S&P Global Ratings released a statement on Dec. 20, 2018: S&P Global Ratings raised its underlying rating (SPUR) to ‘A+’ from ‘A’ on Homestead, Fla’s 2017 taxable transportation system revenue bonds, reflecting the city’s covenant to budget and appropriate legally available non-ad valorem revenue. At the same time, S&P Global Ratings revised the outlook to stable from negative and affirmed its ‘A+’ long-term rating on the city’s general obligation (GO) and non-ad valorem bonds.
Even with the reduction in property values and with the building of multiple projects, Homestead maintains a total spendable fund balance of $16 million, according to their 2018 financial report.
Mayor Shelley reported to the News Leader that he will be returning to his council seat after the October election, where he looks forward to serving two more years, until term limits will legally end his service.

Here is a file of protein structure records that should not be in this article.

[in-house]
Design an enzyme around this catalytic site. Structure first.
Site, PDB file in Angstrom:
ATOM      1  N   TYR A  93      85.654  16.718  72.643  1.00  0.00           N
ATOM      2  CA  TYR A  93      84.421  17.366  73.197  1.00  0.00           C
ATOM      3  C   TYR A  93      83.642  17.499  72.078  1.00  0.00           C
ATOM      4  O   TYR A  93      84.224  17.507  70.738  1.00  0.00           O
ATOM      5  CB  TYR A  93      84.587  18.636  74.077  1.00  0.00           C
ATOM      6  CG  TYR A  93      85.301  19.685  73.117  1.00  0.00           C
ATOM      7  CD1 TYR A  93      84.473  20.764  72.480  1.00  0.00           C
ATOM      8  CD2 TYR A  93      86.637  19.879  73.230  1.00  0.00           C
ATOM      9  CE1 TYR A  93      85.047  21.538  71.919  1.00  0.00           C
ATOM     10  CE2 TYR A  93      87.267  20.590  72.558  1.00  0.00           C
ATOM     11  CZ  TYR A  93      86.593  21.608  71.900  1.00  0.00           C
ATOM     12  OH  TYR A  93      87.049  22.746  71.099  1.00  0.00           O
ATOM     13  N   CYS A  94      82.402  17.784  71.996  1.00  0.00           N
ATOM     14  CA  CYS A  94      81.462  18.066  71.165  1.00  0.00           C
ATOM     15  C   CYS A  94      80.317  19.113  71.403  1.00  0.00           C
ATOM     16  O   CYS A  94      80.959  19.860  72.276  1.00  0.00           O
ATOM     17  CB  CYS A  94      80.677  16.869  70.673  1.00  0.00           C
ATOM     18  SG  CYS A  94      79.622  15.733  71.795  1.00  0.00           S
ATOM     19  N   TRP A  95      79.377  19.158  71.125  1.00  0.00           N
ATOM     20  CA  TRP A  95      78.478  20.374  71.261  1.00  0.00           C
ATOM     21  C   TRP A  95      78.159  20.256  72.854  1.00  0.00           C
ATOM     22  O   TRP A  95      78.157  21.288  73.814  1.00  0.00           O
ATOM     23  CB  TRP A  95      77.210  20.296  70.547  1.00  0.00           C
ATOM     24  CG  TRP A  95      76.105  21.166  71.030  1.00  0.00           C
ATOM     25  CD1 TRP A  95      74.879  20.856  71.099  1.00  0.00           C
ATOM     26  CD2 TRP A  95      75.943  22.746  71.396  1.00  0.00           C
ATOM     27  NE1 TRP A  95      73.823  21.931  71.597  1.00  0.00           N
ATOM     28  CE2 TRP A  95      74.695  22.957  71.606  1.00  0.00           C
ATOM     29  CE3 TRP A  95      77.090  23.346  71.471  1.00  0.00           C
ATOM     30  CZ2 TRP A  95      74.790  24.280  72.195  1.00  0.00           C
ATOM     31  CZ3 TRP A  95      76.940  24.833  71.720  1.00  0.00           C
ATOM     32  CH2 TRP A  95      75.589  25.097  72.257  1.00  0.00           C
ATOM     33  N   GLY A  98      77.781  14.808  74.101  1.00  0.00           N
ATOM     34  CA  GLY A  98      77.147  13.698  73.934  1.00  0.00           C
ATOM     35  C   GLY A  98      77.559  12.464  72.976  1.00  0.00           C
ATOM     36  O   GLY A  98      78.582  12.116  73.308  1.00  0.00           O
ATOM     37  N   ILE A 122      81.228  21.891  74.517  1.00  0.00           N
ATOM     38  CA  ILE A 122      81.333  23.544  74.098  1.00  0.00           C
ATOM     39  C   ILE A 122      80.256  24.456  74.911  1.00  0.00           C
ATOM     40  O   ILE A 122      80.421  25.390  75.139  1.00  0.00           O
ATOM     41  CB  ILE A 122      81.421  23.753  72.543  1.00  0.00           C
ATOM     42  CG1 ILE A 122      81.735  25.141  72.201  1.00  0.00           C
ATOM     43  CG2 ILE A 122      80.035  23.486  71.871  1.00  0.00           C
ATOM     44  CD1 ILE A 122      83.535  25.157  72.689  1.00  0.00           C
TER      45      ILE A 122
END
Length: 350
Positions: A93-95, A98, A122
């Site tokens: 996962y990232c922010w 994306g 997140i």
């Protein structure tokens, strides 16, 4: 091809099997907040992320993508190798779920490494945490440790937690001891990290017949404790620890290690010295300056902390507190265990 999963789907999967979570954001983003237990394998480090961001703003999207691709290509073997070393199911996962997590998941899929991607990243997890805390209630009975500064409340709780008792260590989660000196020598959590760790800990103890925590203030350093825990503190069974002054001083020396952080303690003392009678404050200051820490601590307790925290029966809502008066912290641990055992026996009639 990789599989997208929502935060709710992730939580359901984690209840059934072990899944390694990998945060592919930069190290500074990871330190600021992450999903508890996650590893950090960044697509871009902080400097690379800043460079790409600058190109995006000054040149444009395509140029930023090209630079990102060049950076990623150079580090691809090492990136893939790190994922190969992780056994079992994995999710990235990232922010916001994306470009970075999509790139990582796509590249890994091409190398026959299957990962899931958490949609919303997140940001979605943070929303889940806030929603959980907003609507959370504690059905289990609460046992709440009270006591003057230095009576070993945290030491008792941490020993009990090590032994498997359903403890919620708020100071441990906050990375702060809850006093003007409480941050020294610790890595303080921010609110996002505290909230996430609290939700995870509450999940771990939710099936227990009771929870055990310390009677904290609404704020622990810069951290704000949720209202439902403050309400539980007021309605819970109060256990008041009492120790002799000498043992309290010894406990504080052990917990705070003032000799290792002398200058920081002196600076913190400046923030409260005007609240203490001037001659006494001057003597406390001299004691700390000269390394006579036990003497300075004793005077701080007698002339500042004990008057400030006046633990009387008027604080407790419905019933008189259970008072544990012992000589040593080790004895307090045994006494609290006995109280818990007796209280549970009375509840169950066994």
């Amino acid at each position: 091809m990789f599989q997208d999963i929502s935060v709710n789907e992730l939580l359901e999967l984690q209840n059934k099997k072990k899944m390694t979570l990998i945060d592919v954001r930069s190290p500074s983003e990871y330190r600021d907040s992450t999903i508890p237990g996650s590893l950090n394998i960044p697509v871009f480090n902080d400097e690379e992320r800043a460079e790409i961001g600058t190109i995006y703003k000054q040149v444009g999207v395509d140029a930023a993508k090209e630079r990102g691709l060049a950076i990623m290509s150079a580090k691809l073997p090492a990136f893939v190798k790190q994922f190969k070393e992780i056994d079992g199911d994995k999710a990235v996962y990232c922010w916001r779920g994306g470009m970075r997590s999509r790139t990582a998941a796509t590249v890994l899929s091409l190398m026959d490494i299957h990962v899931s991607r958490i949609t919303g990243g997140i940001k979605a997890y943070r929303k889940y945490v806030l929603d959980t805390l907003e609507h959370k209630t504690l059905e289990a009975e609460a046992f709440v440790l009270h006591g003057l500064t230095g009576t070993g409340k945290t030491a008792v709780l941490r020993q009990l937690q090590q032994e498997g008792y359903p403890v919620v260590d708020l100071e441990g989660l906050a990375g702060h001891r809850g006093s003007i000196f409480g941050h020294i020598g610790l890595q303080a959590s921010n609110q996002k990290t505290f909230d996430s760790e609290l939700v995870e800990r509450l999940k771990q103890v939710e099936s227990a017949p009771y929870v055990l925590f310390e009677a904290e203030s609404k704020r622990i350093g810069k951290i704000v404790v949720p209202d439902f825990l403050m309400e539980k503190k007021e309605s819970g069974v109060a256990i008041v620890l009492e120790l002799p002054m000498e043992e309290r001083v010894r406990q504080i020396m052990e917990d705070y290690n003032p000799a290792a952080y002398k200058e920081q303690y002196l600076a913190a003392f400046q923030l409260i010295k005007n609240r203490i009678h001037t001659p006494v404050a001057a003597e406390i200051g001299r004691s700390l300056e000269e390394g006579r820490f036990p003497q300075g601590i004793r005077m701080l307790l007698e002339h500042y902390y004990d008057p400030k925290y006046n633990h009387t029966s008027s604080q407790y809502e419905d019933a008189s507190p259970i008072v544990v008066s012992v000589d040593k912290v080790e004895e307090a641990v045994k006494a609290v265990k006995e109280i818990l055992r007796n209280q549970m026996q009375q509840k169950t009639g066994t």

“I’d like to finish what we’ve started. And I can do that as a Councilperson. I have a high standard for myself and I always want to give my absolute best with each position I hold. I recently took over leadership as CEO of Farm Share, which is a job that is personally fulfilling, but requires me to travel throughout the state. And my wife Jenn and I have an active five-year old son who I want to spend as much time with as possible. I think it’s important to continue the economic redevelopment projects started under Mayor Porter's leadership and leave a strong foundation for the future of Homestead. It is a natural fit for Jeff Porter to return as Mayor of Homestead. He shares council’s vision for the downtown revitalization of Homestead. He was sitting in that seat at the beginning and he will continue the ball rolling with these projects. It would be great to see Mayor Porter take it to the finish line and wrap things up.”